In the mid-1930s, Averell Harriman, President of the Union Pacific Railroad (UP) sought a location for a ski resort in the mountainous west to spur passenger traffic. Harriman found a location for a resort outside of Ketchum, Idaho and hired Steve Hannagan to do for Sun Valley what he had done for Miami Beach – turn the ski resort into a nationally recognized vacation destination.

Hannagan agreed to work with Harriman, even though Hannagan lived by the mantra on his Times Square billboard that – “When it is winter in New York it is summer in Miami.” He believed that bitter cold blasts of winter were either to be avoided or leavened by the warmth of good Irish whisky while enjoying a convivial conversation with his friends in the Stork Club. When Hannagan rode into the snow-covered mountain valley, he was surprised to find that the valley that did not live up to his fear that it would be wind swept arctic desert. Here is how he described his mid-winter arrival into the mountain valley soon to be known as ‘Sun Valley’.

“All I had on was a light tweed suit; I was used to the sun down in Miami Beach, and it was colder than hell. So we got out and looked around and all I could see [was] just a goddam field of snow … This is strictly ridiculous; … but we walked around some more with my shoes full of snow, and then the sun came out. It began to feel pretty good, so I opened my coat. Then I took it off. Pretty soon, I opened my vest. Then I began to sweat. You know the temperature got up to 97 degrees there in the sun and the snow still doesn’t melt. When you think of winter sports, you usually think of the cold don’t you? “[1]

Looking from the Future Site of the Ski Resort Lodge toward Bald Mountain [2]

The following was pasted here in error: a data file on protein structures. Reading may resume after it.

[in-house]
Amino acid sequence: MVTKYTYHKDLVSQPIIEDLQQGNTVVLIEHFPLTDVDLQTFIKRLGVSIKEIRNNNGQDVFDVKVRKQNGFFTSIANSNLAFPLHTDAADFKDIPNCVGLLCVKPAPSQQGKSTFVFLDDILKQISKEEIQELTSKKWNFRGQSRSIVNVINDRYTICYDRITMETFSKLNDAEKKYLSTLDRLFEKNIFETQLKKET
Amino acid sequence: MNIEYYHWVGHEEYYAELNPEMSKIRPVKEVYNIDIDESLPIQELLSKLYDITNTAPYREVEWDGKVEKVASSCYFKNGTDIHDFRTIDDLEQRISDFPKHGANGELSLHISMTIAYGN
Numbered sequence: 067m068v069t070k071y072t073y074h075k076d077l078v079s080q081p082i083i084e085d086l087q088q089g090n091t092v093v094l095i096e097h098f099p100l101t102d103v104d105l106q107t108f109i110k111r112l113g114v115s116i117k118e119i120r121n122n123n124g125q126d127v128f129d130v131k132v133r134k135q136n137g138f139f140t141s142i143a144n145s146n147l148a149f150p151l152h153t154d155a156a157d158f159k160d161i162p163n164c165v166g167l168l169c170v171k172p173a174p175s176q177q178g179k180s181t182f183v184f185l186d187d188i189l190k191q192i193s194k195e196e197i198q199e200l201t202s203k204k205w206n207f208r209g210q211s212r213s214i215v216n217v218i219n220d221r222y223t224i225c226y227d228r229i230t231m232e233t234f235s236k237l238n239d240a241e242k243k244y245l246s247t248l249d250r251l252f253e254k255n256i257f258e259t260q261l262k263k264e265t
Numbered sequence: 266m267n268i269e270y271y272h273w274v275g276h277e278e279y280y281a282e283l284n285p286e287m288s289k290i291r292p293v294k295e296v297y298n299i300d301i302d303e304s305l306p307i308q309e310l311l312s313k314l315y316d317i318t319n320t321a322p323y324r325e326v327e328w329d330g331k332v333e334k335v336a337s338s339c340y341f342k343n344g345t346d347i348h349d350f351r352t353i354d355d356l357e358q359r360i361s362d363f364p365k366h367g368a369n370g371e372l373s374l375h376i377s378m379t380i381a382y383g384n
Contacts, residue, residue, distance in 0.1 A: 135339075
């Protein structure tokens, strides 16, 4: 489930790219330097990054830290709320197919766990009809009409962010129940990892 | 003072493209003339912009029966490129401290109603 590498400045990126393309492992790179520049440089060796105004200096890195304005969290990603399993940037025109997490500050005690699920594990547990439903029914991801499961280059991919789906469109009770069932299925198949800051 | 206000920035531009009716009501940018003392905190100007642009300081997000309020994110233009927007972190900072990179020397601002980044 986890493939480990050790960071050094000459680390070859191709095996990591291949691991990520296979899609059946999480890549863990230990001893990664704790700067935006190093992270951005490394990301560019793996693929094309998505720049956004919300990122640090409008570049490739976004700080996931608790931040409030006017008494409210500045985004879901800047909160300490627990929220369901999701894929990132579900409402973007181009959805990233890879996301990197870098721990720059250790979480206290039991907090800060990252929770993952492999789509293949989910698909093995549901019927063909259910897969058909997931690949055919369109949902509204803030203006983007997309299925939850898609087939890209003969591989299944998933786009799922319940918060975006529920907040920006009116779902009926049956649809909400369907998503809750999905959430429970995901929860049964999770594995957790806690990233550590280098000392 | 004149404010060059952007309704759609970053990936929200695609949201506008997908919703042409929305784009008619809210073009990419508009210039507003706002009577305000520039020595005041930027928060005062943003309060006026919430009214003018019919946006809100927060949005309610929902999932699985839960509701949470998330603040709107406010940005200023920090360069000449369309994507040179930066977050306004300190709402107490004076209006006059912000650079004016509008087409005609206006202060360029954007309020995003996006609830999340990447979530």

Steve – Did He Name Sun Valley? Ketchum 

Steve Hannagan told the story that his trip into the mountain valley was the genesis for the name of the Harriman resort. Although the winter temperature in the snow-covered valley averaged 17.5 degrees F, the warmth of the sun convinced Hannagan that he could sell Harriman’s resort as a place for “Winter sports under a summer sun.”[3] From this creative insight came the valley’s evocative name “Sun Valley.”

The locals in the nearby time of Ketchum, Idaho were not keen about using the name Sun Valley instead of Ketchum. Steve “told them that there might be a few names less sexy, but he couldn’t think of any.”[4] Besides the name was vulnerable to wiseacres who could call it “Ketchum & Fleece-um!

Before the Sun Valley resort came to town, the only excitement in Ketchum was a rustic Casino whose main customers were rough cowboys looking for weekend gambling, drinking, and women. Travelers dropping into the Ketchum Casino did so either because they were lost or wanted to rough with local rough necks.

Ketchum Casino[5]

The following photo of UP passenger trains parked at the Ketchum depot depicts Harriman’s business goal for Ketchum – a starting point for passengers headed to Sun Valley. Nevertheless, many visitors to Sun Valley returned to Ketchum looking for excitement around the gaming tables at the casino rather than spending a sedate evening looking at flames in fireplace.

What Harriman Wanted at Sun Valley Union Pacific Passenger Trains[6]

End Notes

  1. Ogibene, Peter J. (December 1, 1984); “At the first ski spa, stars outshone the sun and snow”; Smithsonian; p. 112.
  2. Photograph of Sun Valley and Bald Mountain (retrieved January 19, 2014); Ski Resorts. Com;
  3. Sauter, Van Gordon and Jennifer Tuohy (Winter 2010/11); “It Happened to Sun Valley”; Sun Valley Guide; (retrieved April 1, 2011); p. 2.
  4. Cutlip, Scott (1994); The Unseen Power; Lawrence Erlbaum Associates, Publishers; Hillsdale, New Jersey; p. 264.
  5. Photography of Ketchum Casino (Retrieved August 22, 2017);
  6. Photo of Union Pacific Rail Station at Sun Valley Railway (Retrieved August 21, 2017);